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Summary: A stewardship sermon.

“Being Christ to Our Community: It’s in the Way that You Use It”

Luke 12:15-21

An extremely wealthy man was on his deathbed.

He called his wife to him and gave her his final instructions.

“What I want you to do is this,” he said, “I want to you go get two of the biggest and strongest bags you can find.

Then, I want you to take those bags down to the bank, open my account and fill those bags with as much cash as they will hold.”

“Then, haul the bags up to the attic and hang them from the rafters.

As soon as I die, I will grab them on my way up.”

The man’s wife did as she was told, and the man died not long after.

Several months after his death, the woman was up in the attic cleaning out some junk when-low and behold-she bumped her head on one of those money bags.

They were both still there, hanging from the rafters as her husband had instructed.

Upon seeing them, the woman banged her fist in frustration and said: “I knew I should have put those bags in the basement!!!”

No matter how many bumper stickers there are that proclaim: “The one who dies with the most stuff wins,” the fact remains that you can’t take your money nor your stuff with you.

There are no storage units in heaven, no banks, no barns.

Last week we talked about how the root of the word “culture” is the Latin word “cultus”—which is a system of religious worship.

So, the culture we live in worships wealth and the pursuit of it.

That’s our world.

It’s where we live, breath and do business.

But just because we live in the world does not mean we have to live according to the world’s values.

And here lies the freedom which is found in putting our full trust in Jesus Christ!!!

In John Chapter 17—on the night of Jesus’ arrest which leads to His Crucifixion—Jesus prays a very intense prayer to God the Father on our behalf.

In it Jesus prays: “they—meaning me and you—are not of the world.

My prayer is not that you take them out of the world but that you protect them from the evil one.

They are not of the world even as I am not of it.”

When Jesus Christ was born into our world the very Kingdom of God came and dwelt among us—made His home among us.

After Jesus died and was Resurrected, He sent His Holy Spirit to live in those who believe.

That is you, that is me.

That is what constitutes the church.

In reading the Bible, we notice that Jesus made little distinction between the Kingdom of God and The Kingdom of Heaven or eternal life.

For example, think back on the story that we talked about last week—the story of the Rich Young Ruler from Luke Chapter 18.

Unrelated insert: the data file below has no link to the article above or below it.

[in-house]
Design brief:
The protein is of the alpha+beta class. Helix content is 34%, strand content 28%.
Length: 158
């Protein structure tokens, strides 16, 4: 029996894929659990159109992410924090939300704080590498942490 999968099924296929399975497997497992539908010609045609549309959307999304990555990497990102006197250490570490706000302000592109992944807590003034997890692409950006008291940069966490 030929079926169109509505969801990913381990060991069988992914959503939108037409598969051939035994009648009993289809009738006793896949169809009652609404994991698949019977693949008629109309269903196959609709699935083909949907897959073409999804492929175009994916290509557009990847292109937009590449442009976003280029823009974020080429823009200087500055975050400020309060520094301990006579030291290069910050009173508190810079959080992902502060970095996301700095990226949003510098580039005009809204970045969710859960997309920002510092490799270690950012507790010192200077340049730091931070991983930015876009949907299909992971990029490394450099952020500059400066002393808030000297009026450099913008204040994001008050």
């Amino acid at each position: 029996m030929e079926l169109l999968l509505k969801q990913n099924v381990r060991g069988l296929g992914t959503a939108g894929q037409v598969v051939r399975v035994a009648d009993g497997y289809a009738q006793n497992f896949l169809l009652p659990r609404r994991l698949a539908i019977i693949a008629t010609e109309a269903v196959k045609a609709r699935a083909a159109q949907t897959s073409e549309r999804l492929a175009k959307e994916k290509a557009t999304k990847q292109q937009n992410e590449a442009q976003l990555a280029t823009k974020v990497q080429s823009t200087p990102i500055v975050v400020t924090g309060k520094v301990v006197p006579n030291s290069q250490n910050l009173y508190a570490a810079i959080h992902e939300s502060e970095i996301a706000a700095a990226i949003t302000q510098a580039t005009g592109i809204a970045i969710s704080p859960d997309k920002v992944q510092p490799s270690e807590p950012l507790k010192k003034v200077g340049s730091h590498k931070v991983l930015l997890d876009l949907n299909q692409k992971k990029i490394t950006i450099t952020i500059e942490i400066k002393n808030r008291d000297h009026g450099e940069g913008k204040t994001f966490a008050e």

This young man comes running up to Jesus asking Him: “what must I do to inherit eternal life?”

After the man goes away sad because of his great wealth, Jesus says: “How hard it is for the rich to enter the kingdom of God.”

You see what I’m getting at?

The Kingdom of God, the Kingdom of Heaven and eternal life are all inter-changable.

We enter when we give up our hold on the “cult” of this world and embrace the way of Christ instead.

Eternal life begins now.

Jesus says, “I am the Resurrection and the life.

Those who believe in me will live even though they die; and whoever lives by believing in me will never die.”

Then He asks: “Do you believe this?”

The Kingdom of God is Jesus’ Church.

That is why Jesus taught us to pray: “Thy Kingdom Come, Thy will be done on earth as it is in heaven.”

We are in the world, but not of the world.

We are of the Kingdom of God!!!

And therefore, we are to live accordingly.

And so, the Parable of the Rich Fool, which we are looking at this morning is really a parable about how NOT to live as a member of the Kingdom of God—even though it is the way the world teaches us to live.

This guy’s barns are already bursting to overflowing.

And he finds himself in a terrible dilemma.

He has a bumper crop, but has no place to store it.

What a problem he has.

What a cause for anxiety.

And it does cause him anxiety, as money always does.

Those who don’t have enough worry as to how they will feed and keep a roof over the heads of their family.

Those who have too much, are addicted, and like drug addicts they need more and more and more—as they guard what they have as if, well, as if God Himself was a dollar bill, a checking account—you name it!!!

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